Please use this identifier to cite or link to this item: https://scholarbank.nus.edu.sg/handle/10635/220533
Title: ELDERLY SPACE IN CHINATOWN : A SENSE OF BELONGING AND ATTACHMENT TO PLACE
Authors: TAN YU REN
Keywords: Architecture
Design Track
Chen Yu
Attachment to place
Chinatown
Elderly
Routines
Issue Date: 15-Jan-2010
Citation: TAN YU REN (2010-01-15T09:29:37Z). ELDERLY SPACE IN CHINATOWN : A SENSE OF BELONGING AND ATTACHMENT TO PLACE. ScholarBank@NUS Repository.
Abstract: Singapore will face a growing proportion of elderly as a result of declining birth rates. This quadruple increase by the year 2030 will have an effect on the way urban spaces are designed for the elderly, and also the understanding of how elderly people react to spaces in which they inhabit and interact. In ‘Prisoners of Space’, Graham Rowles writes about the elderly’s attachment to space as he explores the changing relationship between an older person and his environmental context. His exploration led to his concept of routine and change as expounded by sociological theories of ageing. As Singapore’s urban landscape rapidly modernizes, more considerations have to be made for spaces for the elderly, and their importance in the urban planning policies catered for continual change and renewal of Singapore’s urban landscape is not one to be undermined. The government plays a very crucial role in providing them with facilities such as elderly friendly housing. This is subject to the discretion of authorities in their perception and definition of elderly needs, which might not be truly reflective of the real needs of the elderly. The focus of study will be based mainly on the Kreta Ayer estate in Chinatown as it represents one of the areas with the largest population of elderly people in Singapore.The research methodology emphasizes on extensive fieldwork made up gathering a range of responses and reactions from the elderly people who work, live and visit Chinatown. Survey and site observations were conducted to gather information from a multi-faceted perspective in seeking to understand and fulfill the real needs of an elderly living within the community. An investigation of the spatial relationships between the elderly and their spaces will be conducted, and this aims to show how the layering of sociological theories of ageing are directly inferred and translated into the way the elderly use space. The dissertation also seeks to explain how the effect of routine and change in the sociological and spatial psychic of the elderly is directly reflected in their way of life, by their daily activities and paths, they physically map out a routine of everyday life; crafting an ‘ongoing participation in the social life of the place’ and hence contributing to the making and sustenance of place. The dissertation concludes on the way the elderly relate to their physical environments, and how they interact and inhabit spaces, prescribing a set of routines that give them a sense of belonging and attachment to the space. The implication on policy planning and recommendations for the establishment of designed elderly estates or upgrading is proposed and it is hoped to be a valuable contribution that will improve on the current living conditions of the elderly living in Kreta Ayer and beyond.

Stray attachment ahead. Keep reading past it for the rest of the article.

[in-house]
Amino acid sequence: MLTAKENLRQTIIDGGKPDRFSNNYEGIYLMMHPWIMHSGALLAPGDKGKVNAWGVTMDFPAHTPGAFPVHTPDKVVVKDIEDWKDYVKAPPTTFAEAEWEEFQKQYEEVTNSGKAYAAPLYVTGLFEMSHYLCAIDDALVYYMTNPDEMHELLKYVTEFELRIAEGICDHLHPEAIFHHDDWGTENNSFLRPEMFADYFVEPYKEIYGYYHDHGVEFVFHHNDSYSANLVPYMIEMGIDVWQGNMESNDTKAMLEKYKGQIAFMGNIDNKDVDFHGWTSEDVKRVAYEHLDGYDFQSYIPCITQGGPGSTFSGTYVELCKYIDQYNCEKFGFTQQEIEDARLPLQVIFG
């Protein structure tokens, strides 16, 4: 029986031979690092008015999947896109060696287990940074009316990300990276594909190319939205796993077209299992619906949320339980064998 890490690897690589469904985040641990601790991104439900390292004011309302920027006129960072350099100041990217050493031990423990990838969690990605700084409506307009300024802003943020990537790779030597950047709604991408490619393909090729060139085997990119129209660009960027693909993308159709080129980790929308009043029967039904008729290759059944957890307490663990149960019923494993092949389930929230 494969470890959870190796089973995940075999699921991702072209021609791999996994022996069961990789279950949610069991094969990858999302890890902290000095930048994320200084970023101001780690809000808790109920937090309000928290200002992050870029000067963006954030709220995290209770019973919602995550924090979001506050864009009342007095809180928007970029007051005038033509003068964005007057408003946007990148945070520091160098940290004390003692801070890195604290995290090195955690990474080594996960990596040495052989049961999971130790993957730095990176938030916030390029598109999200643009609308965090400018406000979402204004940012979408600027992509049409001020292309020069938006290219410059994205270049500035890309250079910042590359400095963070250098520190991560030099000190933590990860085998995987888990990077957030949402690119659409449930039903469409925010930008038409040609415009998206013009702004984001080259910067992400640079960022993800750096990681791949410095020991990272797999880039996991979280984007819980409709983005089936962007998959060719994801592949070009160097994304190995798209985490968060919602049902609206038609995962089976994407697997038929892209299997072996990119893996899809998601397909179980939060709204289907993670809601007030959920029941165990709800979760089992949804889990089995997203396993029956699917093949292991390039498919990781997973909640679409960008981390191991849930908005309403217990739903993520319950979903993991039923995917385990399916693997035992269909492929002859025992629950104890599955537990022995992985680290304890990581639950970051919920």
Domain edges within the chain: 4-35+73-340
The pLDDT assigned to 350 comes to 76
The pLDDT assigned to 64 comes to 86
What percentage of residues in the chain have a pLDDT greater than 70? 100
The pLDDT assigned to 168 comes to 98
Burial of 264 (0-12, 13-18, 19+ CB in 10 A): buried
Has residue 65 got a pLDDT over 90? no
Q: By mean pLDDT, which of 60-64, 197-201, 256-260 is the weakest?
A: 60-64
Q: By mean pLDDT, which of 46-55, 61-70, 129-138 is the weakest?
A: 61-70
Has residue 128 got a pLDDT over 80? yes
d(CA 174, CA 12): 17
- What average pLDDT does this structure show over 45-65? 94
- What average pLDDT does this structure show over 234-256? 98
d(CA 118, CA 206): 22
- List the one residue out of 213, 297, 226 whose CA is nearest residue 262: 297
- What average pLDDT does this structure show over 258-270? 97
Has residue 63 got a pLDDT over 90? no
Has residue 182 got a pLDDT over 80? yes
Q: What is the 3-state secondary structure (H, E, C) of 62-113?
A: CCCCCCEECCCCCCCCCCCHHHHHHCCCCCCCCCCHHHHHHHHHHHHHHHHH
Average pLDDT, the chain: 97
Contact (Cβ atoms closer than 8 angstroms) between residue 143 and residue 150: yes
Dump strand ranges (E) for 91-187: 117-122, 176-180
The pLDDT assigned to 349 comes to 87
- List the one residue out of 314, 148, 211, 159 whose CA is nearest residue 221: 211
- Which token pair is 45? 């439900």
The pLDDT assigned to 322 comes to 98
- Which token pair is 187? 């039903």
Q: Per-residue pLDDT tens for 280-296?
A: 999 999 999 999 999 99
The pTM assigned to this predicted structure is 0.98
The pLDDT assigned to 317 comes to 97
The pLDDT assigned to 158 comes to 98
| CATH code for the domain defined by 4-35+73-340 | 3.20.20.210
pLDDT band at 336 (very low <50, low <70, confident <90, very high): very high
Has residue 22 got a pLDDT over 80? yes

URI: https://scholarbank.nus.edu.sg/handle/10635/220533
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